MARTIN: Before I let you go, can I ask, how do you avoid taking this in to yourself? You are a scholar of the Holocaust. I mean, you've been dwelling in the worst of human behavior for so long and yet you retain this sense of kind of joy and optimism, which I think anybody can hear who listens to you. How do you do that?
LIPSTADT: How do I do that? Well, first of all, I know that if I descend into the morass and emotionally descend, my work is no good. Then I become a polemicist, and I become someone, you know, who is engaging in emotional harangues. And that doesn't help matters. Taking off my academic hat and putting on, I guess, my yarmulke, you know, figuratively. As a Jew, I don't want my Jewish identity to ever be based on this sense of victimhood. To think that we were put on this world only to fight anti-Semitism is to, first of all, cede to the oppressor control over our identity and also to cheat ourselves out of so much that is positive.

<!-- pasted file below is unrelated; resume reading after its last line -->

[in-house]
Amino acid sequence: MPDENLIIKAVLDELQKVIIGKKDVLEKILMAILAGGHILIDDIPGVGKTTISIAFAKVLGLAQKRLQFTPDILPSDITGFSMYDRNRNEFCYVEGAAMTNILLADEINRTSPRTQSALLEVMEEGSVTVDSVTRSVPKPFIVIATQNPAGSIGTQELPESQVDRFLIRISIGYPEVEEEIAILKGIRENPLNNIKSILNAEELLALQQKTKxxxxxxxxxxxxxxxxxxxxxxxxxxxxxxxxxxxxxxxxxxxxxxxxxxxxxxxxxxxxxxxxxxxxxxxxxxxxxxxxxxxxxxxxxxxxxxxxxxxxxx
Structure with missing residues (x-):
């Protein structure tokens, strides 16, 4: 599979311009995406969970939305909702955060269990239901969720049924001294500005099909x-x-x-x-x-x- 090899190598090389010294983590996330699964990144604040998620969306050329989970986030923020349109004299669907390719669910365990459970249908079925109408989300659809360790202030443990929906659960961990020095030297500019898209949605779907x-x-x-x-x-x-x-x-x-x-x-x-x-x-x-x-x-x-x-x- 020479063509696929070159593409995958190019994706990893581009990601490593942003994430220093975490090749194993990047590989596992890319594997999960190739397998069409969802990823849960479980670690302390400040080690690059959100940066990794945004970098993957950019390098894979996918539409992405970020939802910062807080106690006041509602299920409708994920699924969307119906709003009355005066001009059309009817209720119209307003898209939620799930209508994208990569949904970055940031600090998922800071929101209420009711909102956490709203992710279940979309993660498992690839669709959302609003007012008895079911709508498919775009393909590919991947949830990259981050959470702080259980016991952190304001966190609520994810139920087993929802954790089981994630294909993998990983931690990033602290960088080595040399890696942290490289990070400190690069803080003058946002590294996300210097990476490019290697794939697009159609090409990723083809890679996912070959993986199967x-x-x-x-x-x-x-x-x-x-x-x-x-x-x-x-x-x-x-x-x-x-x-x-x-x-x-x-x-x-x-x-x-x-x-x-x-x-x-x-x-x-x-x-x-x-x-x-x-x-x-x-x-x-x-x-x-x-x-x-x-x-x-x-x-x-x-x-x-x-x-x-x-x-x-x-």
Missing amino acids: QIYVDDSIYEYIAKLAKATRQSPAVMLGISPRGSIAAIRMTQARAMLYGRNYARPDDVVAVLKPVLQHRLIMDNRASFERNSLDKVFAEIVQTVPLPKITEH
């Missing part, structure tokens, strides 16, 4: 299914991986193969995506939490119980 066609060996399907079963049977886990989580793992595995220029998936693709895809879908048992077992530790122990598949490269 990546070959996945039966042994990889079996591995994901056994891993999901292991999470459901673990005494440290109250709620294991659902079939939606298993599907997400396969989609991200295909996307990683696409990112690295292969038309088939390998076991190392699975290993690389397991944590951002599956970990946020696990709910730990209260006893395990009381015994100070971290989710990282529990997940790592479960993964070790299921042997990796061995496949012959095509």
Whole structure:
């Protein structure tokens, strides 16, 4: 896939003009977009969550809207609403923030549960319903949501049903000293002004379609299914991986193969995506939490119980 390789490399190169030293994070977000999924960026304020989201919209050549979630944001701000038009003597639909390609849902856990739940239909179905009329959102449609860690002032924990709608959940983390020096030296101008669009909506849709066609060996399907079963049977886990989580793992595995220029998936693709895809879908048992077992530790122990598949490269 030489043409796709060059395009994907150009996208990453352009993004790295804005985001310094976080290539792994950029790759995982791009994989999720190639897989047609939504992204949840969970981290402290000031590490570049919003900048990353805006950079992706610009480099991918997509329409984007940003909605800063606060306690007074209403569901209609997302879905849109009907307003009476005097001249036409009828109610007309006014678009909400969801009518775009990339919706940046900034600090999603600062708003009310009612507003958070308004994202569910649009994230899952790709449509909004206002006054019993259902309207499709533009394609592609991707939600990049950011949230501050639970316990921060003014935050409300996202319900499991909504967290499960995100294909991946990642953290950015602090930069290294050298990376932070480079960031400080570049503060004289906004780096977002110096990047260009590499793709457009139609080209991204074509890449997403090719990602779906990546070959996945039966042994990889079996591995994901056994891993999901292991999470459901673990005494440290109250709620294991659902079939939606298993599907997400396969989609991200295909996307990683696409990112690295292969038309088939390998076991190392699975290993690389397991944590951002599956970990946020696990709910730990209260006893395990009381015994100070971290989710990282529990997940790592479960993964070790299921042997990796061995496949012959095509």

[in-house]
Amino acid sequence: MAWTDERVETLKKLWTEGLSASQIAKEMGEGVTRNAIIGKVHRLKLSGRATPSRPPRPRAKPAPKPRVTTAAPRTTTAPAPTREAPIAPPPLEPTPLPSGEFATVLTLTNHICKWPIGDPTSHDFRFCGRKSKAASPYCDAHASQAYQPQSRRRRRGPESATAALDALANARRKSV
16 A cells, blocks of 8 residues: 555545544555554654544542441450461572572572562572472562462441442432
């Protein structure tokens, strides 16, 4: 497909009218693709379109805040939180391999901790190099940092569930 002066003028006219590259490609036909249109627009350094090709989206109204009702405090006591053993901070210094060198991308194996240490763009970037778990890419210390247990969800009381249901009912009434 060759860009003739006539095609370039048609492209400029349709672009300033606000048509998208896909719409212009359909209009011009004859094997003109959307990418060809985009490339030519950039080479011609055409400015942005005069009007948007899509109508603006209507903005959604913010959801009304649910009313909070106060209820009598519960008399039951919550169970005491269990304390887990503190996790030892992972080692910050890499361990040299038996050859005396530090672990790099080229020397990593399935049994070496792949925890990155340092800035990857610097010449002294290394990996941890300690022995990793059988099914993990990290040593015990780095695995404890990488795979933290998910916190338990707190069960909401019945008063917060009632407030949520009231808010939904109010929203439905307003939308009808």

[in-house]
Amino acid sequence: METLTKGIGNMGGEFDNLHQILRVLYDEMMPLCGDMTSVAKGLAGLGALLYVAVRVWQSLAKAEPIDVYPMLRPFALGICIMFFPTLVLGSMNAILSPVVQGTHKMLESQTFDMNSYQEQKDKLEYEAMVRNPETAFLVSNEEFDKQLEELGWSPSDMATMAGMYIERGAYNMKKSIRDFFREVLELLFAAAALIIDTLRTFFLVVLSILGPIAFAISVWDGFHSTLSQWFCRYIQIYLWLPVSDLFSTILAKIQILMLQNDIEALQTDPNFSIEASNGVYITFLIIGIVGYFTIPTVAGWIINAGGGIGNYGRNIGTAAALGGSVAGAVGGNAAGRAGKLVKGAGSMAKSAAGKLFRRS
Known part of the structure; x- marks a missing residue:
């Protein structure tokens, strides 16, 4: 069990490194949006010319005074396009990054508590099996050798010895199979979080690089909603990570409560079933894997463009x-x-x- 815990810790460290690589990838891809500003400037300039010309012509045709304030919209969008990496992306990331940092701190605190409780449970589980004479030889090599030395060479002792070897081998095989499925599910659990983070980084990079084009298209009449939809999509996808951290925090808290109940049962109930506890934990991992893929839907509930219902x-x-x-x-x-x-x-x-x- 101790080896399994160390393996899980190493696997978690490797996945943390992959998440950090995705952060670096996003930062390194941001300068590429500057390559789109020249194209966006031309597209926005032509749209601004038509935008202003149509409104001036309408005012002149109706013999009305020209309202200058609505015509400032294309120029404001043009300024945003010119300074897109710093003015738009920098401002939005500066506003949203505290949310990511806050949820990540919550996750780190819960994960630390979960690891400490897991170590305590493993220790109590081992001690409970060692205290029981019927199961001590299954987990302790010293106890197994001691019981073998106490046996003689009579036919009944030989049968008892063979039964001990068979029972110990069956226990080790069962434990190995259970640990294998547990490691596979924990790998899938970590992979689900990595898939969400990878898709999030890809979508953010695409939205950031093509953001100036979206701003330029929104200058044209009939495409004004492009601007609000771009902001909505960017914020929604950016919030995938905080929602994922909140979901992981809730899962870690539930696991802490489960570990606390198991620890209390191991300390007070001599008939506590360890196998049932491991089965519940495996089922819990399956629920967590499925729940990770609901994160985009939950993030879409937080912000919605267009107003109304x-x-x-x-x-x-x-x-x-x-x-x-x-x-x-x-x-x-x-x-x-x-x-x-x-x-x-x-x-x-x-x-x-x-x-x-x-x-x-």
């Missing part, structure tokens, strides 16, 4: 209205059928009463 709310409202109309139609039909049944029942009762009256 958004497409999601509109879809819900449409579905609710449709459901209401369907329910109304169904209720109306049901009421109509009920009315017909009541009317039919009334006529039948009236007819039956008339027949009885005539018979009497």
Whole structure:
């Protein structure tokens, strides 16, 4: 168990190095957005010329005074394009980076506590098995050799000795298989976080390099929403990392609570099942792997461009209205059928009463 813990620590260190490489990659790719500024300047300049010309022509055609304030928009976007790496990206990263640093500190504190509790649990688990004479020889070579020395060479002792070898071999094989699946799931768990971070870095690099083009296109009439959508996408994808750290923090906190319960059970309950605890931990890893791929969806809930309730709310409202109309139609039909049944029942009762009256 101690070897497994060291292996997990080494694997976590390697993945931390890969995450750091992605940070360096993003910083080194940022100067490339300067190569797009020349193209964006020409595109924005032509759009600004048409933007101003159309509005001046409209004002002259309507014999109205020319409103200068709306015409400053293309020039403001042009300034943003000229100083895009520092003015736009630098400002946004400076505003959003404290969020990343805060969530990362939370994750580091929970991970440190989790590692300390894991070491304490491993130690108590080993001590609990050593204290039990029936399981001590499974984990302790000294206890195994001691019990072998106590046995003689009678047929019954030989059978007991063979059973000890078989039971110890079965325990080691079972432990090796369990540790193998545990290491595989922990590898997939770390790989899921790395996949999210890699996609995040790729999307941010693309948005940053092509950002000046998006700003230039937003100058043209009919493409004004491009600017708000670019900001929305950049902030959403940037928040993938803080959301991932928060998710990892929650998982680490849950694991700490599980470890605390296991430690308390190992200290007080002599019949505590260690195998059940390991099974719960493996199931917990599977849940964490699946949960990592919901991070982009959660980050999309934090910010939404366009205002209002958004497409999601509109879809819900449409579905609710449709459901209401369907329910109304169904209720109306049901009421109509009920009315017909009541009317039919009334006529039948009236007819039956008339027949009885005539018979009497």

MARTIN: That was historian Deborah Lipstadt talking about her latest book, "Antisemitism: Here And Now." She's professor of modern Jewish history and holocaust studies at Emory University in Atlanta. Professor Lipstadt, thank you so much for talking to us once again.
LIPSTADT: Thank you, Michel.